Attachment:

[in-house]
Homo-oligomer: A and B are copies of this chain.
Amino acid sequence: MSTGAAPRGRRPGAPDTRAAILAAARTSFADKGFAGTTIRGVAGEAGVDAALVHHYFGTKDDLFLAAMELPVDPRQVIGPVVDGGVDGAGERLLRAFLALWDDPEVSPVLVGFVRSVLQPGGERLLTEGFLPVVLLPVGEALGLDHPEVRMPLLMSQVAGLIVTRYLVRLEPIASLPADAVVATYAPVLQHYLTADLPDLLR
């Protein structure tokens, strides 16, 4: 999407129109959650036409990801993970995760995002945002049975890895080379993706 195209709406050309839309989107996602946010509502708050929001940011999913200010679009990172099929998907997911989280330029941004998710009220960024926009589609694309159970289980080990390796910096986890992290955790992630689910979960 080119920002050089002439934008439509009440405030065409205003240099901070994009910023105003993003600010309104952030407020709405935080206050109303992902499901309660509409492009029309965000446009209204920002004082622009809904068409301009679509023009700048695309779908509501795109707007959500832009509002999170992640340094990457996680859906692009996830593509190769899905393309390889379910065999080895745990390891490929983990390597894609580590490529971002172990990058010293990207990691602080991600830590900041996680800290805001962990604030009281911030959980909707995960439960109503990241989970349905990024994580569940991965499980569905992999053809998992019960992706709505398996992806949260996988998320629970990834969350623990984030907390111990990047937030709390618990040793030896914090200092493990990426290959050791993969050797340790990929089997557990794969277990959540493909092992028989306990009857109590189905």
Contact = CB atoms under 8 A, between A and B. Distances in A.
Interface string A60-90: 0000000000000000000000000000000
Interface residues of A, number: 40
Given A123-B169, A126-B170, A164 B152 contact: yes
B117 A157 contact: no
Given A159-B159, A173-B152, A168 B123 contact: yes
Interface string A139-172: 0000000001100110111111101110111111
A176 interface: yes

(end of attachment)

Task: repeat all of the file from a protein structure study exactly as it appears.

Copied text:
[in-house]
Homo-oligomer: A and B are copies of this chain.
Amino acid sequence: MSTGAAPRGRRPGAPDTRAAILAAARTSFADKGFAGTTIRGVAGEAGVDAALVHHYFGTKDDLFLAAMELPVDPRQVIGPVVDGGVDGAGERLLRAFLALWDDPEVSPVLVGFVRSVLQPGGERLLTEGFLPVVLLPVGEALGLDHPEVRMPLLMSQVAGLIVTRYLVRLEPIASLPADAVVATYAPVLQHYLTADLPDLLR
């Protein structure tokens, strides 16, 4: 999407129109959650036409990801993970995760995002945002049975890895080379993706 195209709406050309839309989107996602946010509502708050929001940011999913200010679009990172099929998907997911989280330029941004998710009220960024926009589609694309159970289980080990390796910096986890992290955790992630689910979960 080119920002050089002439934008439509009440405030065409205003240099901070994009910023105003993003600010309104952030407020709405935080206050109303992902499901309660509409492009029309965000446009209204920002004082622009809904068409301009679509023009700048695309779908509501795109707007959500832009509002999170992640340094990457996680859906692009996830593509190769899905393309390889379910065999080895745990390891490929983990390597894609580590490529971002172990990058010293990207990691602080991600830590900041996680800290805001962990604030009281911030959980909707995960439960109503990241989970349905990024994580569940991965499980569905992999053809998992019960992706709505398996992806949260996988998320629970990834969350623990984030907390111990990047937030709390618990040793030896914090200092493990990426290959050791993969050797340790990929089997557990794969277990959540493909092992028989306990009857109590189905």
Contact = CB atoms under 8 A, between A and B. Distances in A.
Interface string A60-90: 0000000000000000000000000000000
Interface residues of A, number: 40
Given A123-B169, A126-B170, A164 B152 contact: yes
B117 A157 contact: no
Given A159-B159, A173-B152, A168 B123 contact: yes
Interface string A139-172: 0000000001100110111111101110111111
A176 interface: yes